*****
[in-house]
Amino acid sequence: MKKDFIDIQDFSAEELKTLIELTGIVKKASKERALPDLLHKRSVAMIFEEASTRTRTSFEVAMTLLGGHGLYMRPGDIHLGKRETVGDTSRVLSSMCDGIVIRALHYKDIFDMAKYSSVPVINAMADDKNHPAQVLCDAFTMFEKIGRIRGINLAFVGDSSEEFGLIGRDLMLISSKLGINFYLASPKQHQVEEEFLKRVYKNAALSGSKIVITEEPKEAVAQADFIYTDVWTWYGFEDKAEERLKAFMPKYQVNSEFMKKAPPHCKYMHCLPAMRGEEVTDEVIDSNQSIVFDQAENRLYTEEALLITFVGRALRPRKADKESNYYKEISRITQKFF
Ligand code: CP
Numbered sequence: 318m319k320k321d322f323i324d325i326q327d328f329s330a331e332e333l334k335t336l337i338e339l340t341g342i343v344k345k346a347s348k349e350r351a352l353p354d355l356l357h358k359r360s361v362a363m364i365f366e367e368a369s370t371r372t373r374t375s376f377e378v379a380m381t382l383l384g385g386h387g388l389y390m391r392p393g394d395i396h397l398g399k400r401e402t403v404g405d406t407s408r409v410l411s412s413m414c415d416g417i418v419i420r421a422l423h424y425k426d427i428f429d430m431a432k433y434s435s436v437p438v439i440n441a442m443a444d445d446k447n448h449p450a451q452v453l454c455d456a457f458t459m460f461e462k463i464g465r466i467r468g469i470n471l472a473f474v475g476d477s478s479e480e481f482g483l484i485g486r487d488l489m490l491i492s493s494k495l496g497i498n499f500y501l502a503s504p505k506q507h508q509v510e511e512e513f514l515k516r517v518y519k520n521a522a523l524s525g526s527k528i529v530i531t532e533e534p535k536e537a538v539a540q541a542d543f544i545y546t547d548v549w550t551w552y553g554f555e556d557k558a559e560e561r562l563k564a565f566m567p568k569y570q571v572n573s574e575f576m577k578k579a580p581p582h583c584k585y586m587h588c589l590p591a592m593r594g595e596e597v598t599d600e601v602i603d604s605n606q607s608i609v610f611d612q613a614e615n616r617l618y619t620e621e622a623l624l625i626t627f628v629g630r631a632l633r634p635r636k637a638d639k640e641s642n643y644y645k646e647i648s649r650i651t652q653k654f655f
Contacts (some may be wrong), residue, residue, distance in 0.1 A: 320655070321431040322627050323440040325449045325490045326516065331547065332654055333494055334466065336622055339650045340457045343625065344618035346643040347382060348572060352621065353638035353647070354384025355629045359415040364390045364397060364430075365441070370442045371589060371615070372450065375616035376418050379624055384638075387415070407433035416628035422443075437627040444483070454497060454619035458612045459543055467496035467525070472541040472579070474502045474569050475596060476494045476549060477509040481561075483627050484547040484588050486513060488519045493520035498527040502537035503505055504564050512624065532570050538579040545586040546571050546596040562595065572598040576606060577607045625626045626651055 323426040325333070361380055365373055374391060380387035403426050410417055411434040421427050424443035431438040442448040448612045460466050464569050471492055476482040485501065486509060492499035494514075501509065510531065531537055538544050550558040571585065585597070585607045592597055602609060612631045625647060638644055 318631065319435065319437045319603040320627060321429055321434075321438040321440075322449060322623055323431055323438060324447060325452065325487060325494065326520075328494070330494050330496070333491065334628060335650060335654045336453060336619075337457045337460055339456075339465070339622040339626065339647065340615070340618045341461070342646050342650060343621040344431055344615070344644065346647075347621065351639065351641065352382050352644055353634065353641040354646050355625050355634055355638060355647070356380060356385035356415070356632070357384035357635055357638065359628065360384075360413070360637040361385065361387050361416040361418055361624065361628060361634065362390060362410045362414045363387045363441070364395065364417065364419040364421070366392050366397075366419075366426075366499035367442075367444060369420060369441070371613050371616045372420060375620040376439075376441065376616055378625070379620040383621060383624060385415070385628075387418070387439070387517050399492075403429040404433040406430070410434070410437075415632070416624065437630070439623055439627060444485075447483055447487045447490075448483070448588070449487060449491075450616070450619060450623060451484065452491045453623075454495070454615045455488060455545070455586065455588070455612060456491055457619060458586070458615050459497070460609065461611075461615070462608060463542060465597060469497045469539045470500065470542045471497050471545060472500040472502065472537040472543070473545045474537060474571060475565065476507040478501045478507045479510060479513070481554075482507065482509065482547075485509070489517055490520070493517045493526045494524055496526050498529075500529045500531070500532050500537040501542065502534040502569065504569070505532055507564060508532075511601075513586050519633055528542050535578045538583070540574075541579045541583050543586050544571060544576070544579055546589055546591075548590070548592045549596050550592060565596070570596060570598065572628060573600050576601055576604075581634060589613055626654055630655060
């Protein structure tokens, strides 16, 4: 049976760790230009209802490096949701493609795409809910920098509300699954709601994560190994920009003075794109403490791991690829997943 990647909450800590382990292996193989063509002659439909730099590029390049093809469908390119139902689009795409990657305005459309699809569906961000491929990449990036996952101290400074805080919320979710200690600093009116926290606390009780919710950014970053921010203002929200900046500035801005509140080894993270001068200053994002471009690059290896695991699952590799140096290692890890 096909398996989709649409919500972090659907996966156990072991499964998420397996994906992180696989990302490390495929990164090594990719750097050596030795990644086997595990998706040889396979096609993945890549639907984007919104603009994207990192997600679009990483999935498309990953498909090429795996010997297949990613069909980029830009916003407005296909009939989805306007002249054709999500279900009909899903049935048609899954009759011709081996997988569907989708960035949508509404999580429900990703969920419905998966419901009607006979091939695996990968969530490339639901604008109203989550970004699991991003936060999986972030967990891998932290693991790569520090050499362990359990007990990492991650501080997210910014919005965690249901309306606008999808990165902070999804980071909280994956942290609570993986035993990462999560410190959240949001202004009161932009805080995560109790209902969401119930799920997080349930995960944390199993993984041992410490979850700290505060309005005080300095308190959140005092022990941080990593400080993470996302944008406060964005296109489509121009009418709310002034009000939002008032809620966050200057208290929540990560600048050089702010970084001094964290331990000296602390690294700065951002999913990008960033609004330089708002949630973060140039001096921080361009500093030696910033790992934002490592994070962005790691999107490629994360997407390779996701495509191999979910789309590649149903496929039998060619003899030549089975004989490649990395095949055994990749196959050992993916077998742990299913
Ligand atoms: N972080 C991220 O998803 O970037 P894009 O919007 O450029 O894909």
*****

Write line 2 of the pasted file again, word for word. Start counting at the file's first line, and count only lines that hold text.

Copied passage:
Amino acid sequence: MKKDFIDIQDFSAEELKTLIELTGIVKKASKERALPDLLHKRSVAMIFEEASTRTRTSFEVAMTLLGGHGLYMRPGDIHLGKRETVGDTSRVLSSMCDGIVIRALHYKDIFDMAKYSSVPVINAMADDKNHPAQVLCDAFTMFEKIGRIRGINLAFVGDSSEEFGLIGRDLMLISSKLGINFYLASPKQHQVEEEFLKRVYKNAALSGSKIVITEEPKEAVAQADFIYTDVWTWYGFEDKAEERLKAFMPKYQVNSEFMKKAPPHCKYMHCLPAMRGEEVTDEVIDSNQSIVFDQAENRLYTEEALLITFVGRALRPRKADKESNYYKEISRITQKFF